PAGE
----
Stephen Stich Leverhulme Lectures on Moral Psychology Videos

Stephen Stich

Professor Stephen Stich (Philosophy, Rutgers University) gave a series of four Leverhulme Lectures on moral psychology as Leverhulme Visiting Professor of Philosophy at the University of Sheffield in May, 2009.

The titles of these lectures were (in order) "The Definition of Morality", "The Persistence of Moral Disagreement", "The Evolution of Morality" & "Egoism vs. Altruism: Deconstructing the Debate".

We recorded these lectures and are very pleased to present them here. Each lecture is approximately 1 hour long, divided into 3 parts. Please follow the links below to view the lectures.

1. The Definition of Morality (6 May 2009)

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Lecture Abstract: According to the eminent psychologist, Jonathan Haidt, “the psychological study of morality has been dominated by politically liberal researchers”, and “the lack of moral and political diversity among researchers has led to an inappropriate narrowing of the moral domain”. Is he right? This talk will explore some of the issues that underlie Haidt's provocative claim.

This is the first of four Leverhulme Lectures on Moral Psychology by Professor Stephen Stich (Philosophy, Rutgers University), who was Leverhulme Visiting Professor of Philosophy at the University of Sheffield from March to May 2009. View the lecture

2. The Persistence of Moral Disagreement (11 May 2009)

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Lecture Abstract: Moral disagreement is widespread. But would that disagreement persist even under idealized conditions in which all parties to a moral debate are rational, impartial and fully informed about the relevant non-moral facts? For many moral theorists, a positive answer would entail moral relativism or moral nihilism. In this talk I’ll review recent empirical findings suggesting that the answer may indeed be positive. I’ll also sketch a theory about the psychological processes underlying human norms that points in the same direction.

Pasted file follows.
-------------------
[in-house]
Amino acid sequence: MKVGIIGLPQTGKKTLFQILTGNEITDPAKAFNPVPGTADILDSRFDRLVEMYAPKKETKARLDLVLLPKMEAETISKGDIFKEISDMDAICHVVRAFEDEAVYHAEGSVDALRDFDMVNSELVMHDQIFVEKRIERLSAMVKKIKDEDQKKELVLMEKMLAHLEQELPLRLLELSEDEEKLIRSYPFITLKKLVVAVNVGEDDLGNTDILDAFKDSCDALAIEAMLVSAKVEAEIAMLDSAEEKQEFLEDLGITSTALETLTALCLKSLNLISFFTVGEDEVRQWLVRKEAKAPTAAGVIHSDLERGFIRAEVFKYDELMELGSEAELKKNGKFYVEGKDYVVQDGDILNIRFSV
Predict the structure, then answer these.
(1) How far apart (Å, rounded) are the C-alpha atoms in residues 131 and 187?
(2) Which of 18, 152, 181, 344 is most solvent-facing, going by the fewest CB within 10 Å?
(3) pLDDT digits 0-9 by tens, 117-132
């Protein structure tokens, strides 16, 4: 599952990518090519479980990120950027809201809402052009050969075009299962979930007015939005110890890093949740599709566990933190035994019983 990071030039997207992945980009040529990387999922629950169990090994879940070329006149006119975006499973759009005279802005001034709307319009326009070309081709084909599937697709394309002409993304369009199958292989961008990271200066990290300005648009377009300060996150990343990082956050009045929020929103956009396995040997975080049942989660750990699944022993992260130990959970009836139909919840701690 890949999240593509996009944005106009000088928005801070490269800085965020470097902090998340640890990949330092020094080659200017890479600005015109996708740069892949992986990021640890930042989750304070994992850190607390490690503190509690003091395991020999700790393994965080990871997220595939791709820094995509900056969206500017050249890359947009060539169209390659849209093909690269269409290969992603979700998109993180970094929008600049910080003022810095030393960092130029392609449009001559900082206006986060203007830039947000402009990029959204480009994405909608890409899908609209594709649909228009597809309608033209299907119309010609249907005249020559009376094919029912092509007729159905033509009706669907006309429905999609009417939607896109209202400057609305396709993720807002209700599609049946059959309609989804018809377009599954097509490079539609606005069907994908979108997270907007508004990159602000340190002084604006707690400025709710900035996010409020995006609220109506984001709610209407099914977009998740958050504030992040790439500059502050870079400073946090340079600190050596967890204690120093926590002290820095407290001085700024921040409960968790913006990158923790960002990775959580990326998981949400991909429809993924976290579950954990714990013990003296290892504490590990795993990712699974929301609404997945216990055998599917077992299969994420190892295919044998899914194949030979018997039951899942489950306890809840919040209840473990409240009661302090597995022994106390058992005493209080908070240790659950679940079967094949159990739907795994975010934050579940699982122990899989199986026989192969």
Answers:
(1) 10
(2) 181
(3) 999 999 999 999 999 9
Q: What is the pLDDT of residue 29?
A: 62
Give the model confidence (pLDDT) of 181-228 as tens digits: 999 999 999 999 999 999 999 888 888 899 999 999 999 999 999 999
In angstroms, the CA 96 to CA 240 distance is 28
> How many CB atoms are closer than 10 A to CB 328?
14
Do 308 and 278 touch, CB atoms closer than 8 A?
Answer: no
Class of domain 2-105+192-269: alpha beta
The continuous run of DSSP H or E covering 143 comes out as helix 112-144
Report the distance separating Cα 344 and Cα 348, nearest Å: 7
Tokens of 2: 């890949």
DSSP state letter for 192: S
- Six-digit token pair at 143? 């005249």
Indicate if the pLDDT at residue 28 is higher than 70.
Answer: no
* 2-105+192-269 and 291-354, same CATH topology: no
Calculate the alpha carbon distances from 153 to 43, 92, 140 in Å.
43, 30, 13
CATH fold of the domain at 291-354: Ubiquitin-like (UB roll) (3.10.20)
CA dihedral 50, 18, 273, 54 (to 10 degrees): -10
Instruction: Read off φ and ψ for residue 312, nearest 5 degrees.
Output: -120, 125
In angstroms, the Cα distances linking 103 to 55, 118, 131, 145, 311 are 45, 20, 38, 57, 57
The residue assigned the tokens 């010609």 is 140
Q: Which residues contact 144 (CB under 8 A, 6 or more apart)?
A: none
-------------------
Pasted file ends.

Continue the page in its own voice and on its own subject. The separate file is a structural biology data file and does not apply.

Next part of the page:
This is the second of four Leverhulme Lectures on Moral Psychology by Professor Stephen Stich (Philosophy, Rutgers University), who was Leverhulme Visiting Professor of Philosophy at the University of Sheffield from March to May 2009. View the lecture

3. The Evolution of Morality (18 May 2009)

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Lecture Abstract: The theory of norm psychology sketched in the previous lecture suggests that people will often internalize norms that reduce their own biological fitness. It might be thought that no such psychological mechanism could possibly evolve. But that would be a mistake. In this talk I’ll explain why it was all but inevitable that natural selection would lead to norm psychology in our species, once we had acquired the ability to learn from one another. The account I’ll offer explains why many human norms foster cooperative or pro-social behavior. It also explains why many human norms lead to ethnic hatred and morally repugnant behavior. If the account is correct, these norms will be very difficult to dislodge.

This is the third of four Leverhulme Lectures on Moral Psychology by Professor Stephen Stich (Philosophy, Rutgers University), who was Leverhulme Visiting Professor of Philosophy at the University of Sheffield from March to May 2009. View the lecture

4. Egoism vs Altruism: Deconstructing the Debate (27 May 2009)

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Lecture Abstract: Psychological egoism maintains that all human motivation is ultimately selfish. Philosophers from Hobbes to the present have worried that if egoism is true, moral behavior may be threatened, and drastic steps have been proposed to counter this threat. Recently both psychologists and evolutionary biologists lavished a great deal of attention on the egoism vs. altruism debate. However, neither the psychologists nor the biologists have taken adequate account of the range of cognitive states and processes invoked in contemporary cognitive science. In this talk, I’ll argue that when these options are made explicit, they undermine the best psychological and evolutionary arguments for altruism. But they also undermine most of the reasons philosophers have offered for thinking that egoism would be morally problematic.

This is the last of four Leverhulme Lectures on Moral Psychology by Professor Stephen Stich (Philosophy, Rutgers University), who was Leverhulme Visiting Professor of Philosophy at the University of Sheffield from March to May 2009. View the lecture


Leverhulme Trust: Stich Lectures These lectures are made possible through the generous support of the Leverhulme Trust.